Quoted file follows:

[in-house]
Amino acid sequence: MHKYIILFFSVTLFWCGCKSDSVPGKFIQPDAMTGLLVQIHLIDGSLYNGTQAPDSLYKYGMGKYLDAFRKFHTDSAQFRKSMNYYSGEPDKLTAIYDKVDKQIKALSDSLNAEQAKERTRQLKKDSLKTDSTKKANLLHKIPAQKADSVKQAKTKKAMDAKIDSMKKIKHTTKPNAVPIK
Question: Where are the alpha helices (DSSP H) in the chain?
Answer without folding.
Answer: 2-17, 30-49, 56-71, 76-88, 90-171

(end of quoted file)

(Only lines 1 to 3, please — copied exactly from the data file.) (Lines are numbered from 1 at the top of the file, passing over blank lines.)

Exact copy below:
[in-house]
Amino acid sequence: MHKYIILFFSVTLFWCGCKSDSVPGKFIQPDAMTGLLVQIHLIDGSLYNGTQAPDSLYKYGMGKYLDAFRKFHTDSAQFRKSMNYYSGEPDKLTAIYDKVDKQIKALSDSLNAEQAKERTRQLKKDSLKTDSTKKANLLHKIPAQKADSVKQAKTKKAMDAKIDSMKKIKHTTKPNAVPIK
Question: Where are the alpha helices (DSSP H) in the chain?